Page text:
☞ A simple notice about a short scheduled GitHub downtime resulted in a great dialog about how to perform zero downtime Redis upgrades. The following approaches were suggested:
- using Redis replication (i.e.
SLAVE OF) to move existing data from the old Redis to the new Redis and haproxy to transparently pass client requests to the Redis instance (initially to the existing version and once replication completed to the new one)
- Leave the old redis version running on, say, redis:6379.
- Install and start a new redis on redis:6380 with a different dump file location.
- Execute SLAVE OF redis 6379 against redis:6380. Wait for first SYNC to complete.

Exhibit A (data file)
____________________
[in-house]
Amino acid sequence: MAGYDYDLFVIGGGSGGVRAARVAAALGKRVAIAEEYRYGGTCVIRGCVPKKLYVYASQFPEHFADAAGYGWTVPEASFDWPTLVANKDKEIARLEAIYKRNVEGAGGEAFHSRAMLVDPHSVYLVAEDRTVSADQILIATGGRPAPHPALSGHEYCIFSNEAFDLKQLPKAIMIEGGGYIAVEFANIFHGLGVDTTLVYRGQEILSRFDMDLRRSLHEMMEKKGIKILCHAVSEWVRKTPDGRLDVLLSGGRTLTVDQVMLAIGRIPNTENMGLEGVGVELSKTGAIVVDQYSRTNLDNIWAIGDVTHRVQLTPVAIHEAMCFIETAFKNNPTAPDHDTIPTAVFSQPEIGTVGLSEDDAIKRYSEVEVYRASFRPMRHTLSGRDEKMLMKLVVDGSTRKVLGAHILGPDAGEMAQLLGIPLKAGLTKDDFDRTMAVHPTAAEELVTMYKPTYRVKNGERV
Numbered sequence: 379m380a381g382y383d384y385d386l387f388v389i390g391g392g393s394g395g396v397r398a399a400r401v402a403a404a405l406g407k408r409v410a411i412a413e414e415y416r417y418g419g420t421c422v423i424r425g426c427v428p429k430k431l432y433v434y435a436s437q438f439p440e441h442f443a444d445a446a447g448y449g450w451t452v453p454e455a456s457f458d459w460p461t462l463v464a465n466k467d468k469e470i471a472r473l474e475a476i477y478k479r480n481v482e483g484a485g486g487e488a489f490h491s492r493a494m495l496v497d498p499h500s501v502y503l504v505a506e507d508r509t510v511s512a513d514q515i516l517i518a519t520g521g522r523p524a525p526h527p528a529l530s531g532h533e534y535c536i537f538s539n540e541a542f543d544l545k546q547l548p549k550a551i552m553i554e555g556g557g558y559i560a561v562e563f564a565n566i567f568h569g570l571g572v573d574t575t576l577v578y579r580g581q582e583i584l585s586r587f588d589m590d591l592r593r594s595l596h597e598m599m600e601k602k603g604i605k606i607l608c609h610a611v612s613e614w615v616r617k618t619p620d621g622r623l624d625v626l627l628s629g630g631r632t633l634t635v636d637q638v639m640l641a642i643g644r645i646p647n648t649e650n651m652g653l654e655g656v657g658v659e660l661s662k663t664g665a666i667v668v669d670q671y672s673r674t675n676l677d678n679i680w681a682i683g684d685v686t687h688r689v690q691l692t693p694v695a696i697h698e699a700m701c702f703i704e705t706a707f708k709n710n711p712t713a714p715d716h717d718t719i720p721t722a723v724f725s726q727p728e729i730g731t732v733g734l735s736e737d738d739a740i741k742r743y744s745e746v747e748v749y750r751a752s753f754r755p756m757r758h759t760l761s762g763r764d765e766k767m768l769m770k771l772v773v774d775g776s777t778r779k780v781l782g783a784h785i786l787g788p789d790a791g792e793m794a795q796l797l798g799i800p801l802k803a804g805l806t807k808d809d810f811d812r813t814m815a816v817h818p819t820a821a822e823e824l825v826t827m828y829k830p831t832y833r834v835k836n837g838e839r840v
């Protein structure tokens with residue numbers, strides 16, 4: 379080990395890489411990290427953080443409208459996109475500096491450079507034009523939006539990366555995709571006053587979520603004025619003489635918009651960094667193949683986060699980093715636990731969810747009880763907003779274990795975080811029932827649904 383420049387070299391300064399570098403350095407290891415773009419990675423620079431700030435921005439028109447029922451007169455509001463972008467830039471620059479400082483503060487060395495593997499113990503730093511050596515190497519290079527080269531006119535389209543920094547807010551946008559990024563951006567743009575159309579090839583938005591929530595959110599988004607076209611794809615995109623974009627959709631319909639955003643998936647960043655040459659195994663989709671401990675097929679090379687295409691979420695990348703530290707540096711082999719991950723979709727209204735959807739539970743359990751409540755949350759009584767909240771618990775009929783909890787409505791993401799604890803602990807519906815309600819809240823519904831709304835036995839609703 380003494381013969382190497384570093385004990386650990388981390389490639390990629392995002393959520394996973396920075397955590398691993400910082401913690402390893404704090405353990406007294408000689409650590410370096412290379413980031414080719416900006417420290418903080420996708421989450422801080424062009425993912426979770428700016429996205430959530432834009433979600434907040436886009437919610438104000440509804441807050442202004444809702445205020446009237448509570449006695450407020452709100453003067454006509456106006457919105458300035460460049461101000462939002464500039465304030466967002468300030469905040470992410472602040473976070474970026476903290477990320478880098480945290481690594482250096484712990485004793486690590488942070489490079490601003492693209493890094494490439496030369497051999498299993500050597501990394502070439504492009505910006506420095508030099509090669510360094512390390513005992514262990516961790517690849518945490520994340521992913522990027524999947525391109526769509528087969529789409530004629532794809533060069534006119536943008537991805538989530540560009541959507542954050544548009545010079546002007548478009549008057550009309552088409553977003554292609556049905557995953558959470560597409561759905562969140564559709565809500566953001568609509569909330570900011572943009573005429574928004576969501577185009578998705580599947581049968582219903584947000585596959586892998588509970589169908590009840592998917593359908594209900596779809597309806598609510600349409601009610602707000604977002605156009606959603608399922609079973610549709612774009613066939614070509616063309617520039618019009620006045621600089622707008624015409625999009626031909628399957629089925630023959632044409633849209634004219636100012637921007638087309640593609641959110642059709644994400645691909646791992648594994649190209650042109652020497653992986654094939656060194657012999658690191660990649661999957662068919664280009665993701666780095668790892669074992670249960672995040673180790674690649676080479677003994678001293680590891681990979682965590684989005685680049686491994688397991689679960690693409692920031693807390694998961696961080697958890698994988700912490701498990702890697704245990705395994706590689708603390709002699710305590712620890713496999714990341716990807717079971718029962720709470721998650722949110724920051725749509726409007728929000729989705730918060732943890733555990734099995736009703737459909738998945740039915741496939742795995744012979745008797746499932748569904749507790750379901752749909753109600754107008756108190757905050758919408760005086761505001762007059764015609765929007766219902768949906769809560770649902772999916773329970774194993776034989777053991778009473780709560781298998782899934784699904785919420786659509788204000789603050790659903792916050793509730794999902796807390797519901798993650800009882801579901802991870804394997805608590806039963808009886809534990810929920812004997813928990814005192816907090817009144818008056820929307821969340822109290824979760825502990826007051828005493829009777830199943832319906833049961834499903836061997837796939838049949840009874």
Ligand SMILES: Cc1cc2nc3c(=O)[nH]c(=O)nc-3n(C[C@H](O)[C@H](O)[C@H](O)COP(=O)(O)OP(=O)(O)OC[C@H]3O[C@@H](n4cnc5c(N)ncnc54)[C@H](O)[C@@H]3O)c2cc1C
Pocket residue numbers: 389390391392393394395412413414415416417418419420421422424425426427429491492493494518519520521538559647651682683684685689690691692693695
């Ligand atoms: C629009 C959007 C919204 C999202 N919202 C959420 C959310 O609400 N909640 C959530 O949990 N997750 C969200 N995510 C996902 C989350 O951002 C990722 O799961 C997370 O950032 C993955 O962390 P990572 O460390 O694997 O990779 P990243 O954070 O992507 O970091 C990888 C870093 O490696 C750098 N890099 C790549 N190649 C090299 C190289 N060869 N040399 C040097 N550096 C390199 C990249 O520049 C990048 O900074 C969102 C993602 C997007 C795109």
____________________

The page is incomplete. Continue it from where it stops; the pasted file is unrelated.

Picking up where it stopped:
echo "enable server redis/redis-6380" | socat stdio unix-connect:/var/run/haproxy/admin.sock
echo "disable server redis/redis-6379" | socat stdio unix-connect:/var/run/haproxy/admin.sock
- Execute SLAVE OF no one on redis:6380.
- Execute SHUTDOWN on redis:6379.
- using virtual IPs instead of haproxy
A more generic idea shared in the comment thread was to architect the solution so that the overall system would continue to work even if some subsystems are temporarily down. If you think in terms of the CAP theorem, this idea could be translated as a system that is AP at all times.
While writing this post I remembered reading about a ☞ solution based on node.js. node.js would be used to proxy requests until it is notified that the back system goes down. It would temporarily hold incoming connections until it would be notified again that the back system is resuming.
Any other ideas?